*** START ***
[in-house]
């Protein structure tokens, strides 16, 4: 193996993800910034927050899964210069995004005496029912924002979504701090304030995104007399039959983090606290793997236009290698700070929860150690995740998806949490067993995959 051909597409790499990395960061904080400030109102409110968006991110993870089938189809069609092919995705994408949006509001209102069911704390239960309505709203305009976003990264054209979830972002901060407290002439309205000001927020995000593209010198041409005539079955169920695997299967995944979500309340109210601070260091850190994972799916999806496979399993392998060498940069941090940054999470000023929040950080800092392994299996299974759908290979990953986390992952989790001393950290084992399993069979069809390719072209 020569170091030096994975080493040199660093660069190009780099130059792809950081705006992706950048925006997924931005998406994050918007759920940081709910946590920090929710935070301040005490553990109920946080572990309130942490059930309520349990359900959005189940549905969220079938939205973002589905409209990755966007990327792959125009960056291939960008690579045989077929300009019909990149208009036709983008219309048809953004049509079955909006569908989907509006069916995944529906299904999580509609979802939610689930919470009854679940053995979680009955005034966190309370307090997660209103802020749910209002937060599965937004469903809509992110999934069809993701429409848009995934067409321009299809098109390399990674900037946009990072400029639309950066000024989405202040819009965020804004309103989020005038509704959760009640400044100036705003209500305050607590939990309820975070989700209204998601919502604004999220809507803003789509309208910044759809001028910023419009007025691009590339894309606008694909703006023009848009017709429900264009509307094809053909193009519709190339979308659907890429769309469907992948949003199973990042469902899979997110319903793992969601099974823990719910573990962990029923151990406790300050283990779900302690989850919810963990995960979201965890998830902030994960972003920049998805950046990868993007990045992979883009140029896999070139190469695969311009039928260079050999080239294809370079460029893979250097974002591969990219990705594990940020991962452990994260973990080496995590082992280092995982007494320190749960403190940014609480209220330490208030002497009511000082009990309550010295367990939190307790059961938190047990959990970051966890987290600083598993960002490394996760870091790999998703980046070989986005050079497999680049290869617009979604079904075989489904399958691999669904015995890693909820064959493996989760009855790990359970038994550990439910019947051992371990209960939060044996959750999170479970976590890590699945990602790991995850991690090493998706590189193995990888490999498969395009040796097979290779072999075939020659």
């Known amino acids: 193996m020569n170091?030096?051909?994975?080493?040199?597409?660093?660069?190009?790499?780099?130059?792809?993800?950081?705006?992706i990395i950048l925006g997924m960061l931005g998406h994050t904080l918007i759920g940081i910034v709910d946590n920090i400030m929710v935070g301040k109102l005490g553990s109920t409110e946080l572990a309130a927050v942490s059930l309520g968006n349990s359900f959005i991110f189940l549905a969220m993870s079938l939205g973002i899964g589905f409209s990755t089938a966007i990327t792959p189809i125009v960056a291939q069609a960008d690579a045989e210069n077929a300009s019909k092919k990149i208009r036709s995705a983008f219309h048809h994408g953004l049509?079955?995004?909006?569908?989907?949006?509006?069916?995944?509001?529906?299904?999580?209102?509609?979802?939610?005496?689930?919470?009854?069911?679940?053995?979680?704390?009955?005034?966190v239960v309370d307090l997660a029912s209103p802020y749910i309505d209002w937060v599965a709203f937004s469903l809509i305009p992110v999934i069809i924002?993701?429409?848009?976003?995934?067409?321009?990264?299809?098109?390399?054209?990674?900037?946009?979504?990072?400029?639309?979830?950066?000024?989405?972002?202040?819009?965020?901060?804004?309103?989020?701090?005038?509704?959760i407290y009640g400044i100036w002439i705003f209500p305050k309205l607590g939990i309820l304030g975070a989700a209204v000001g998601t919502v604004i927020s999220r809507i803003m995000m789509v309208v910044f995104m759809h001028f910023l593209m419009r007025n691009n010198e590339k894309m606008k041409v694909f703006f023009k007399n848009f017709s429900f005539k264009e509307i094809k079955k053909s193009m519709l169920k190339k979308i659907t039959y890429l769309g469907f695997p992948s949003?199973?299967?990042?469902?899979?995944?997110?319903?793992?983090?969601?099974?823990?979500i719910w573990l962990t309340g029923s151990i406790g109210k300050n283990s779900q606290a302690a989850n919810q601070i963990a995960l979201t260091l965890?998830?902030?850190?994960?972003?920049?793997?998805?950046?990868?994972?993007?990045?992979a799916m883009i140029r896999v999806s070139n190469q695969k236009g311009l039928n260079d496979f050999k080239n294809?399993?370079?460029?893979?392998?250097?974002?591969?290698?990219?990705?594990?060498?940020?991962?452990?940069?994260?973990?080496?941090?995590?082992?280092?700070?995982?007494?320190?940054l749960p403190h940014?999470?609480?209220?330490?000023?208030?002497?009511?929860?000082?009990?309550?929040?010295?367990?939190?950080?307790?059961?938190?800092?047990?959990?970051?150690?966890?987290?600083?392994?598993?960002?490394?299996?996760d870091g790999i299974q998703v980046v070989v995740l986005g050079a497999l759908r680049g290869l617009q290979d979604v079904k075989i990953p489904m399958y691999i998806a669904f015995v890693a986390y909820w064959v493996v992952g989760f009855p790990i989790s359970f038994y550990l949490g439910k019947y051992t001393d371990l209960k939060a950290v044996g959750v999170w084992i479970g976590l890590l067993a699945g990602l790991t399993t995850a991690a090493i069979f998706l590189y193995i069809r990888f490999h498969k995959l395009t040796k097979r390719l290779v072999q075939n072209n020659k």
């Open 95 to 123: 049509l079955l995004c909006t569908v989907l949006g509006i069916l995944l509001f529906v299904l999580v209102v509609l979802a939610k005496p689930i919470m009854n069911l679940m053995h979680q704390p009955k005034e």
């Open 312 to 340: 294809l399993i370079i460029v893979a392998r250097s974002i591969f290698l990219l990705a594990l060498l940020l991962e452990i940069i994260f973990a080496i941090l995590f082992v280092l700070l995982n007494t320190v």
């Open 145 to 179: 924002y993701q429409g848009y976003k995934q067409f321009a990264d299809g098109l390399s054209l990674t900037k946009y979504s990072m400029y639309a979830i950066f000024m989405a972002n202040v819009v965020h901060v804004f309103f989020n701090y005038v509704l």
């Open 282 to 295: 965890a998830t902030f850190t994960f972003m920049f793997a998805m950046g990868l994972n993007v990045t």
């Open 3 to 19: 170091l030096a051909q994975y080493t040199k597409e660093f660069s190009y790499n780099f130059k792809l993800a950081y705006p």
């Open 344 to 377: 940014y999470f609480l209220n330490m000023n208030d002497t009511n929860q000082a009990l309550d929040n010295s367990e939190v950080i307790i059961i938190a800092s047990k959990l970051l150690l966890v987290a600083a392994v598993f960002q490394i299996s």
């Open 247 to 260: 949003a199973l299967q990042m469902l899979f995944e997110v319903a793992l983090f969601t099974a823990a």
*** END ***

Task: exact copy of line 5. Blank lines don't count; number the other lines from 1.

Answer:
């Open 312 to 340: 294809l399993i370079i460029v893979a392998r250097s974002i591969f290698l990219l990705a594990l060498l940020l991962e452990i940069i994260f973990a080496i941090l995590f082992v280092l700070l995982n007494t320190v």